It is important to measure progress in recovery, especially when the path to recovery is difficult. Tracking your progress will help you realize how far you’ve come.
Dieting can be a huge self-esteem builder, especially when you see the pounds come off fast. Every week, the scale reads a new number, and every week, another pound is tallied. Successful weight loss is literally measured and weighed; it can be tracked in both inches and weight. Recovering from a mental illness or addiction is a lifelong process that a scale cannot track, but how do you measure something so complex? Is it even possible? Seeing results is something we all want, and here are five ways you can measure your progress during recovery.
Count the Days to Measure Progress in Recovery
Just as a dieter tracks the pounds lost, you can track the days to measure progress in recovery. Physically touching and visually seeing progress makes it feel real. One way you can do this is with a bag of pennies. Every day you succeed, add a penny to a jar. As the days go by, the pile will grow higher and larger. You can look to that jar whenever you feel weak, and you can see how far you have come.
Track Your Feelings
This is where you will experience the most change, but it starts out very subtle. Obese people can physically see the weight come off, but there is more to their progress than just a number. Their emotions, self-esteem, mental health, and daily happiness will all begin to positively change. The same happens to someone who starts on the recovery process.
When I look back at older journal entries during my early stages of addiction recovery, it is like reading the story of a stranger; that girl is not the woman I am today. Writing down your emotions is an excellent way measure progress in recovery and to remember the past so you can create a better future. It will be painful to read the pain you once experienced, but it will help you appreciate the growth you have accomplished during recovery.
List Your Accomplishments
These can be big or little things. You don’t have to travel around the world, get a doctorate, or run a marathon to experience success. An accomplishment for you might be getting out of bed, applying for a job, going on a walk, calling a parent, signing up for a class, exercising, showing up for work on time, or doing an act of service. It doesn’t matter what is on the list, as long as you write it on there. Slowly, the list will grow, and you will see the things you are capable of doing.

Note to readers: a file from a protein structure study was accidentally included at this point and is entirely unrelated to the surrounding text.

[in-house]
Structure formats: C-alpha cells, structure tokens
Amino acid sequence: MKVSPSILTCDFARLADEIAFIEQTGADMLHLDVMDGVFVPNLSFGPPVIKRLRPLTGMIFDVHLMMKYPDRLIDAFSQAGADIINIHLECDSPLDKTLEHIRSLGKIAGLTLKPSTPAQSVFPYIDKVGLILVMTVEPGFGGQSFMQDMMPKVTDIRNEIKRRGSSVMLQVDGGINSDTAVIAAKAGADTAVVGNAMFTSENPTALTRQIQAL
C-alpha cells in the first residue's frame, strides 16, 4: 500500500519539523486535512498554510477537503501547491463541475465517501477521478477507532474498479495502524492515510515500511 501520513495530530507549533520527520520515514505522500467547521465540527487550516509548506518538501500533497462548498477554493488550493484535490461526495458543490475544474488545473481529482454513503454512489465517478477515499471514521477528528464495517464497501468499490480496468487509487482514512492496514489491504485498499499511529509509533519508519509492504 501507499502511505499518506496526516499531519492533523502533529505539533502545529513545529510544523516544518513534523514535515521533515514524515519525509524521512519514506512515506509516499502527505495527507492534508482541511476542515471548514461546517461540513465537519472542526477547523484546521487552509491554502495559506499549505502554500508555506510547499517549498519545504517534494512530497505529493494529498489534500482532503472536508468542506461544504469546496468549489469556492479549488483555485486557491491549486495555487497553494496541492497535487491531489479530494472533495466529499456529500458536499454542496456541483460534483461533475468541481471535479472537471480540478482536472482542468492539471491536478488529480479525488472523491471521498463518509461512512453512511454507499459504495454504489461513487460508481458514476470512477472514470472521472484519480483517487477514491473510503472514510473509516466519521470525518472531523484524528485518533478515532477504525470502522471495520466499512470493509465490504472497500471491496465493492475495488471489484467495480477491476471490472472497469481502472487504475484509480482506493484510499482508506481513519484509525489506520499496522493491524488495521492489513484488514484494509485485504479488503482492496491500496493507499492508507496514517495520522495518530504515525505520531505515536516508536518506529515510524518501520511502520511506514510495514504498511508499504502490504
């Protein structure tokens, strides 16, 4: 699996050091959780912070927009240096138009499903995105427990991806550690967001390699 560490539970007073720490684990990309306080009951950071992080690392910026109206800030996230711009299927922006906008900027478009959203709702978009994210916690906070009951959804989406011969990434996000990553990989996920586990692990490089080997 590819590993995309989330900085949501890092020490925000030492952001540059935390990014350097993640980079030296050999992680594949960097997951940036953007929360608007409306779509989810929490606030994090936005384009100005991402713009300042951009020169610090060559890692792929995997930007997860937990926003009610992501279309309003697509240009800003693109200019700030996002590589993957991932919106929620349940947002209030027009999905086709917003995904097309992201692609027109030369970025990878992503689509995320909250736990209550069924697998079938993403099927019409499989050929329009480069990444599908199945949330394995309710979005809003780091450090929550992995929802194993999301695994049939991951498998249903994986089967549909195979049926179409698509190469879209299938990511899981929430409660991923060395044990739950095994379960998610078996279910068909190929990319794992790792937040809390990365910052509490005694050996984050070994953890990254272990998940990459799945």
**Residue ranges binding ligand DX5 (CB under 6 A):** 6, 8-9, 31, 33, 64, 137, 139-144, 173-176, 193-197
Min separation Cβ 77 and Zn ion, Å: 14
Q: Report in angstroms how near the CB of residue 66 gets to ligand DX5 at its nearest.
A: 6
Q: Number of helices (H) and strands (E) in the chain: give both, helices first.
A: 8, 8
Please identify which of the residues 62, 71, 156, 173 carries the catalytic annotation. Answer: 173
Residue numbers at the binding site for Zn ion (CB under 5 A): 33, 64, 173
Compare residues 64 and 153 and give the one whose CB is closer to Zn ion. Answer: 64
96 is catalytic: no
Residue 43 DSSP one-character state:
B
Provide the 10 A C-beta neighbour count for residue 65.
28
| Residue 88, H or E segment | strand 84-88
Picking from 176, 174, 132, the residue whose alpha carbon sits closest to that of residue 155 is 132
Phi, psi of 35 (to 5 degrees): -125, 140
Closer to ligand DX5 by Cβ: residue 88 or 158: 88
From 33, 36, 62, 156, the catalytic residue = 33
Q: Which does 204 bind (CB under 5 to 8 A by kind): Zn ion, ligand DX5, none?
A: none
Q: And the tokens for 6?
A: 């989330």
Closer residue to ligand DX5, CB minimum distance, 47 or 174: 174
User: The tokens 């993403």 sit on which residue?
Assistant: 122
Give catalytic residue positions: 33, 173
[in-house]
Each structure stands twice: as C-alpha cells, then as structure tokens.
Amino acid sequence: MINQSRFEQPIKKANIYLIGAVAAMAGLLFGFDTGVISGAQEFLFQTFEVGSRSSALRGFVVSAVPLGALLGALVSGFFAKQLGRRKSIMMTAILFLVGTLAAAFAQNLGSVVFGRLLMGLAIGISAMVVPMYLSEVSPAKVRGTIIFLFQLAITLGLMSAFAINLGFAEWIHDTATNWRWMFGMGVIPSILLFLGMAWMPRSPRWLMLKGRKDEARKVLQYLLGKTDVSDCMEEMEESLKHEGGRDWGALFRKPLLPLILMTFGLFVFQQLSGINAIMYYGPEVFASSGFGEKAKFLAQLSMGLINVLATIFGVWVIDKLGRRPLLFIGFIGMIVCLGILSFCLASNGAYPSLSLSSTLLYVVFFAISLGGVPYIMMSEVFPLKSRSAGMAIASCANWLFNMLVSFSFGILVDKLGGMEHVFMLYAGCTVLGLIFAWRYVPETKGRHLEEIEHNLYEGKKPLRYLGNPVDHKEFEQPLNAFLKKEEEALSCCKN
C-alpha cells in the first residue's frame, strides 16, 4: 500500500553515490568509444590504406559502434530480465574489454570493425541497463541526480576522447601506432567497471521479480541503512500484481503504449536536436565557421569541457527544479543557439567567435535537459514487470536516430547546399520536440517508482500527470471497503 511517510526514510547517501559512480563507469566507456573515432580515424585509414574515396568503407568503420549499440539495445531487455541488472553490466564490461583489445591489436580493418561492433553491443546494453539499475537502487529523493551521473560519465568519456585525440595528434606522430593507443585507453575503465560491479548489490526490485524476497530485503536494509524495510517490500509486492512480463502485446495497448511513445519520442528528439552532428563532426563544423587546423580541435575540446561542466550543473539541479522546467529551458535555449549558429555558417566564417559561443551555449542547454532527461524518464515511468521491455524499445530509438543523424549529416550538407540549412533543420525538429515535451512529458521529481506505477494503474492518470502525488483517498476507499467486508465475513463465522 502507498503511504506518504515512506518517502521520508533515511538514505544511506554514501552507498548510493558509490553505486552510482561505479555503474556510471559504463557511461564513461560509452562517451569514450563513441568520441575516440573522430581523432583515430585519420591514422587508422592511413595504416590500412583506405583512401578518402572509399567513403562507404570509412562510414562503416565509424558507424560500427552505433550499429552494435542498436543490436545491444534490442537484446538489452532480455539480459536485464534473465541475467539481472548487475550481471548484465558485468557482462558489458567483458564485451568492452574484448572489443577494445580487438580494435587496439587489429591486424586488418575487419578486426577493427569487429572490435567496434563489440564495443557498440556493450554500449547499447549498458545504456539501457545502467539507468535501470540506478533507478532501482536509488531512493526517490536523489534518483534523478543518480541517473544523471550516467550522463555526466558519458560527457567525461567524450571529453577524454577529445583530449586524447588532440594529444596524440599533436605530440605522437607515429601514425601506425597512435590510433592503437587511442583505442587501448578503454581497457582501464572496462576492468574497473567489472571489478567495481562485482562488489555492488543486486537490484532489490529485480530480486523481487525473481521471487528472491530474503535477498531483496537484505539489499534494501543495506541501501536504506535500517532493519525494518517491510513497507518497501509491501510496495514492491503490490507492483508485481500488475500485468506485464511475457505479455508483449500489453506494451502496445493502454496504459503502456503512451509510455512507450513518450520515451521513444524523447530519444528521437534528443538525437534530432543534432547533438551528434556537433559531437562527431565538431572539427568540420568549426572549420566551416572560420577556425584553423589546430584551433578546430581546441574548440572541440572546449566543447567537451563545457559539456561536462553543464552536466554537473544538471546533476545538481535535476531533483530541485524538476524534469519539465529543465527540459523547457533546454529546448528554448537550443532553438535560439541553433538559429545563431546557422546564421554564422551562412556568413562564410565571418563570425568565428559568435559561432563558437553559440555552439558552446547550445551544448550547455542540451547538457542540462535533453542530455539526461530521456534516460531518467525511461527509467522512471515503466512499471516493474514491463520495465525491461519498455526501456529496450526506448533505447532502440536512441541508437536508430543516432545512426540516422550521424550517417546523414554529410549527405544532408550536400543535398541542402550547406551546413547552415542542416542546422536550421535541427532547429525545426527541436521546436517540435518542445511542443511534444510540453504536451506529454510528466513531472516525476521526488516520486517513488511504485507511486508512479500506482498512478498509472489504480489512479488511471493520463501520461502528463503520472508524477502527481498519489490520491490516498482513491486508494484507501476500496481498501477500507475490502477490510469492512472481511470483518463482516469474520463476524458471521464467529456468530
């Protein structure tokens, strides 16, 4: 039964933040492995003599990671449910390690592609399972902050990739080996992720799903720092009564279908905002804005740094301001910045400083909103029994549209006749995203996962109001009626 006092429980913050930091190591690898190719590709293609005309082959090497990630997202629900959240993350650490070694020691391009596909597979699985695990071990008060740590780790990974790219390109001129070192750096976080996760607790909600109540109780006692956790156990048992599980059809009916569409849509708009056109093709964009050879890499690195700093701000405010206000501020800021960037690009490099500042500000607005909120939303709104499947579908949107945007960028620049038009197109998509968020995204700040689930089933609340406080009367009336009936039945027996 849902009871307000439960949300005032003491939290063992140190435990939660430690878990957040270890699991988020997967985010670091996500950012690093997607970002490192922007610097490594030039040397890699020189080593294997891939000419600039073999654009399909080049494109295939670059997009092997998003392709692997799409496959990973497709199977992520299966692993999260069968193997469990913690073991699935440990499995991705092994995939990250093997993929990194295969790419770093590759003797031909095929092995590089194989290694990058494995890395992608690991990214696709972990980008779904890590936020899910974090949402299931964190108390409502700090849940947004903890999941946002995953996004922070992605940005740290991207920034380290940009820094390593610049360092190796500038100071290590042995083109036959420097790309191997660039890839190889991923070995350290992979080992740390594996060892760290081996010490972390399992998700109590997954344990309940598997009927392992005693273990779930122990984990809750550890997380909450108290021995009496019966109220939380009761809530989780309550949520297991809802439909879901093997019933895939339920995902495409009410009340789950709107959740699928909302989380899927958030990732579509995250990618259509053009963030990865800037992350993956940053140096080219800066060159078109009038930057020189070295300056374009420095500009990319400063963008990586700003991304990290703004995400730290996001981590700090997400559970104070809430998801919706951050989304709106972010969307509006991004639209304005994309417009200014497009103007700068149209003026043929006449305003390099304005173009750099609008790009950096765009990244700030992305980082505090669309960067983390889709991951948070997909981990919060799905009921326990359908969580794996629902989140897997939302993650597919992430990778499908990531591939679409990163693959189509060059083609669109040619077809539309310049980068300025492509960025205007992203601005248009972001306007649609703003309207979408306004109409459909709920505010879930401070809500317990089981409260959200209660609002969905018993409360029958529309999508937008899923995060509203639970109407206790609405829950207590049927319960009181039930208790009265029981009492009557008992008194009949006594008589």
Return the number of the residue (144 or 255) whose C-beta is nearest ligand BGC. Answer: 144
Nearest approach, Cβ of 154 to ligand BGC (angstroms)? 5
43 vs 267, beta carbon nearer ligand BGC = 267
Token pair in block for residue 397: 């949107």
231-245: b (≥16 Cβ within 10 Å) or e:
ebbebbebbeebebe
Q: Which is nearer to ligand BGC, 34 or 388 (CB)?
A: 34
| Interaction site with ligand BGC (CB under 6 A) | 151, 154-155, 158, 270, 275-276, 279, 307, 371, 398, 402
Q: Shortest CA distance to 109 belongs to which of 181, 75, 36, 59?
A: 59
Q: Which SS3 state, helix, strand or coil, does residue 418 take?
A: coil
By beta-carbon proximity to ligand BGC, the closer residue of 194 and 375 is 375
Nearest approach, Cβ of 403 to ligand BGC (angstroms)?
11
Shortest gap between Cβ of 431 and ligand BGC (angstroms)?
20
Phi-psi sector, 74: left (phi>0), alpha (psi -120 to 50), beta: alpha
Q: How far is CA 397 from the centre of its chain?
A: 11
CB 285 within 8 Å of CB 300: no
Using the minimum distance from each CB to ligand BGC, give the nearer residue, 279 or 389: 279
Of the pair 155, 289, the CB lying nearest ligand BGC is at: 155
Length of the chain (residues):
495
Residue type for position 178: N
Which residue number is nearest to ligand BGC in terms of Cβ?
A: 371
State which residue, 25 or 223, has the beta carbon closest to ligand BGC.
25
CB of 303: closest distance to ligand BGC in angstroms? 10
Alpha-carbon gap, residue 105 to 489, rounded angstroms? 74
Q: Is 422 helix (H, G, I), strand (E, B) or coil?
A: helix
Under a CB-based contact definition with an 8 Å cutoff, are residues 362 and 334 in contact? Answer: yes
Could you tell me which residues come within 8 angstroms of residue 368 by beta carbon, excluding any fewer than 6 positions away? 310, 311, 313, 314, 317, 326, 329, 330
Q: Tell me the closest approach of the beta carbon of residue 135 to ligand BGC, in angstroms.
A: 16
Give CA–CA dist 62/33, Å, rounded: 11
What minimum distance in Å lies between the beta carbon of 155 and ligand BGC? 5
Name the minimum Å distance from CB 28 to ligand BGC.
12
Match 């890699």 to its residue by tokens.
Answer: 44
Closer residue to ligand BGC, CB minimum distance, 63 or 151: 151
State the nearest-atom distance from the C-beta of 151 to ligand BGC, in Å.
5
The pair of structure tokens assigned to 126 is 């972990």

Take a Picture of the Activities You Can Now Do
When people lose weight, they might physically look thinner, but they will also get to experience activities that they couldn’t do before. This applies to a mental and addiction recovery process, too. Maybe you struggle getting out of the house, but when you do, you get to see, taste, feel, and live in ways you never could before. When I was in the deepest part of my addiction, I threw my money and my time at drugs. When I stopped spending every penny and minute on my next high, I got to go to the movies, go for runs, take yoga classes, and live life. Taking a picture will be a reminder of what you can do when you are recovering.
Write Down Behavioral Changes
As you grow stronger mentally and emotionally, your behavior and even personality will begin to change. You will notice this growth over time, and tracking it is important. I use to lose my temper all the time, and then guilt would quickly set in. I feel in control of myself and my emotions now. Yes, I am still human; I lose my temper, cry, and get upset, but it happens less frequently and on a calmer level. Writing down your behavior once a month or every few months is an excellent way to track growth over many years. You can be successful, and as the days and years go by, you will be see just how successful that is.
The only way to measure progress in recovery is to begin the recovery journey. Call Morningside Recovery today at 855-631-2135 to learn more about our addiction therapy services, mental health rehab, and drug addiction treatment programs.